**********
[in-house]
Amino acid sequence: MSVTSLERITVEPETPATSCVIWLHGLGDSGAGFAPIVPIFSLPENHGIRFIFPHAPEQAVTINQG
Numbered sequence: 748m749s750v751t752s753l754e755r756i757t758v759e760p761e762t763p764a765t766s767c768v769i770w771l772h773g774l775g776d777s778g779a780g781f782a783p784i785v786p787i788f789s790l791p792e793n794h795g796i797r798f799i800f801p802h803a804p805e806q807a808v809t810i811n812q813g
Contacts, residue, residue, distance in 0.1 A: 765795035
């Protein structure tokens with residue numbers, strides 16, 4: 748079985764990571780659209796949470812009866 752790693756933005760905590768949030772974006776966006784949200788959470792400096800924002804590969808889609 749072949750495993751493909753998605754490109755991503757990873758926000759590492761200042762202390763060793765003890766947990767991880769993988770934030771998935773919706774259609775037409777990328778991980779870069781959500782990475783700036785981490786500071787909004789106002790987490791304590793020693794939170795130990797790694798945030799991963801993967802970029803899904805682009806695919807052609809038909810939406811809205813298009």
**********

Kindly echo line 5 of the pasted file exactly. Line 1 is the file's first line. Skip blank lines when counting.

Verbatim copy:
């Protein structure tokens with residue numbers, strides 16, 4: 748079985764990571780659209796949470812009866 752790693756933005760905590768949030772974006776966006784949200788959470792400096800924002804590969808889609 749072949750495993751493909753998605754490109755991503757990873758926000759590492761200042762202390763060793765003890766947990767991880769993988770934030771998935773919706774259609775037409777990328778991980779870069781959500782990475783700036785981490786500071787909004789106002790987490791304590793020693794939170795130990797790694798945030799991963801993967802970029803899904805682009806695919807052609809038909810939406811809205813298009």